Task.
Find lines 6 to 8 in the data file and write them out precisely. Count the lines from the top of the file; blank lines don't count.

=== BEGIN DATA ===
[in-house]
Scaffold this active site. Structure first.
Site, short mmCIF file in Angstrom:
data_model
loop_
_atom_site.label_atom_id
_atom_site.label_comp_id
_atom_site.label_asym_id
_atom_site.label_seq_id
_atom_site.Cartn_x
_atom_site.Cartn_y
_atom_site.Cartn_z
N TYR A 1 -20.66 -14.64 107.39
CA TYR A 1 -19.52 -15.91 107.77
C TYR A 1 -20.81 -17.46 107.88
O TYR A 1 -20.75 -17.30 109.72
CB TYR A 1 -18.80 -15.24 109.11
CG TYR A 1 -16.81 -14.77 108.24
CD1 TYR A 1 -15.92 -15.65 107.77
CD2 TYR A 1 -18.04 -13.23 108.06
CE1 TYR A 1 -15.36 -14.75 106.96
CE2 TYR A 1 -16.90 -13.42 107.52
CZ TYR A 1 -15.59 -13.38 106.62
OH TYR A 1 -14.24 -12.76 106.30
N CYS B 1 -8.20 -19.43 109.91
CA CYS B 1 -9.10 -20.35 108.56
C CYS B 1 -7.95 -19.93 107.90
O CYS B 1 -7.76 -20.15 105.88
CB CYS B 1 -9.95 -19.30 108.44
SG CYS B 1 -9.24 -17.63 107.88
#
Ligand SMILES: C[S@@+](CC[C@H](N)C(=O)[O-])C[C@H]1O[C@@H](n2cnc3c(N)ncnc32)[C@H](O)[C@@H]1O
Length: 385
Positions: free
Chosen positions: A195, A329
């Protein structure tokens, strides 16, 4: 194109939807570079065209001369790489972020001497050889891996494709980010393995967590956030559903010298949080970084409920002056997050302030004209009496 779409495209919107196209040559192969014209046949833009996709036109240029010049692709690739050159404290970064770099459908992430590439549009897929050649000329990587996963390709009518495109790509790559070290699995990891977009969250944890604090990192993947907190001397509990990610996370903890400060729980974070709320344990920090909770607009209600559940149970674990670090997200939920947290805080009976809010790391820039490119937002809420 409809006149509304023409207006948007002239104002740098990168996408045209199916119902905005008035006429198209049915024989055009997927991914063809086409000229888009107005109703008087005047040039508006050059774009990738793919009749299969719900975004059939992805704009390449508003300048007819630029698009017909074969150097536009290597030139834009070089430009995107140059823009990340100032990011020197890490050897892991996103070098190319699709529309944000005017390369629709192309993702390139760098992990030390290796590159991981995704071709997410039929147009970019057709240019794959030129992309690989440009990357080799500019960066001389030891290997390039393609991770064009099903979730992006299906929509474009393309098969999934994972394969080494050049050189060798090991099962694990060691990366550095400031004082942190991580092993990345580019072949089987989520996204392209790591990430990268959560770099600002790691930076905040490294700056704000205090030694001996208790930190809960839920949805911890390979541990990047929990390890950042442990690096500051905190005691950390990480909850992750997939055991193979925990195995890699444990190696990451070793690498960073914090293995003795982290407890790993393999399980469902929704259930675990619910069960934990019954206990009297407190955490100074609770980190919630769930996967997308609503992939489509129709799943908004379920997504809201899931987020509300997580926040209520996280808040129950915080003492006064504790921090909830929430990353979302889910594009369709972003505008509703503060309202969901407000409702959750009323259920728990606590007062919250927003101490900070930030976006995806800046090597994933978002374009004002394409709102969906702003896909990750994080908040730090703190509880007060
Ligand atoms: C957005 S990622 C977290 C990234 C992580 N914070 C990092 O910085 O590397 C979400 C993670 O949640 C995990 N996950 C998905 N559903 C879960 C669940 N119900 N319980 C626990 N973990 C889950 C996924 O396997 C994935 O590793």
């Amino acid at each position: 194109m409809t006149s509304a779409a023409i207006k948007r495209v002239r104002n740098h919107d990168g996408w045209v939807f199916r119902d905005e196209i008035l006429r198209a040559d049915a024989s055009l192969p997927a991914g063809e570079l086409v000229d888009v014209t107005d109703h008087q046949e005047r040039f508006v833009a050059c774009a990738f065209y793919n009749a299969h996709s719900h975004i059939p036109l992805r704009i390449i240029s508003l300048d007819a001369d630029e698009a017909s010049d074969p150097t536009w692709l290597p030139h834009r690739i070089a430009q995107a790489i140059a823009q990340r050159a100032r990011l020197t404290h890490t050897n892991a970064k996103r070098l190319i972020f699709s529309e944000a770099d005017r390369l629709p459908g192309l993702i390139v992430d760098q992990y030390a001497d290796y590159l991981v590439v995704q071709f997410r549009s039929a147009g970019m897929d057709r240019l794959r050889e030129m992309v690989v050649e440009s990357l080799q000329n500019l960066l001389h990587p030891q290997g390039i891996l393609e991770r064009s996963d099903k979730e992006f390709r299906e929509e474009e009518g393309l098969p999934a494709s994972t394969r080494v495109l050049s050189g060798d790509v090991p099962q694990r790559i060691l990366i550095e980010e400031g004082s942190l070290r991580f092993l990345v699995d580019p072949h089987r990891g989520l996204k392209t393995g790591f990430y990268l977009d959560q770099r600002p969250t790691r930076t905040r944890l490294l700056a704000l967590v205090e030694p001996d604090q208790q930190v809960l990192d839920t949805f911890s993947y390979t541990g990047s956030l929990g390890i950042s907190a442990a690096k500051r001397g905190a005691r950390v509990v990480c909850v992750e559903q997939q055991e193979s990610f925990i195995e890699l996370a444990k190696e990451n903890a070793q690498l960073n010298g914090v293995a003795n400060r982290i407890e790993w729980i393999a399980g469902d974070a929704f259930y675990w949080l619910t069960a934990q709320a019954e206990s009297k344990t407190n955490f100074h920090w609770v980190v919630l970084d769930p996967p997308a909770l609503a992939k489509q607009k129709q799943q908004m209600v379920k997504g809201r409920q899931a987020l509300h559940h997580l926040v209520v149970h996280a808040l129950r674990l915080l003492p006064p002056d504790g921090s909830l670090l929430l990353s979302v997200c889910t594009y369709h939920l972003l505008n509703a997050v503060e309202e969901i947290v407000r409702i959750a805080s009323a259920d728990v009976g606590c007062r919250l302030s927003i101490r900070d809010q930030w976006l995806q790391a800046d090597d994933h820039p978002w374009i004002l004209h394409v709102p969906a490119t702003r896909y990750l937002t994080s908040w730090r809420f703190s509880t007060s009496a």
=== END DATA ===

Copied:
_atom_site.label_atom_id
_atom_site.label_comp_id
_atom_site.label_asym_id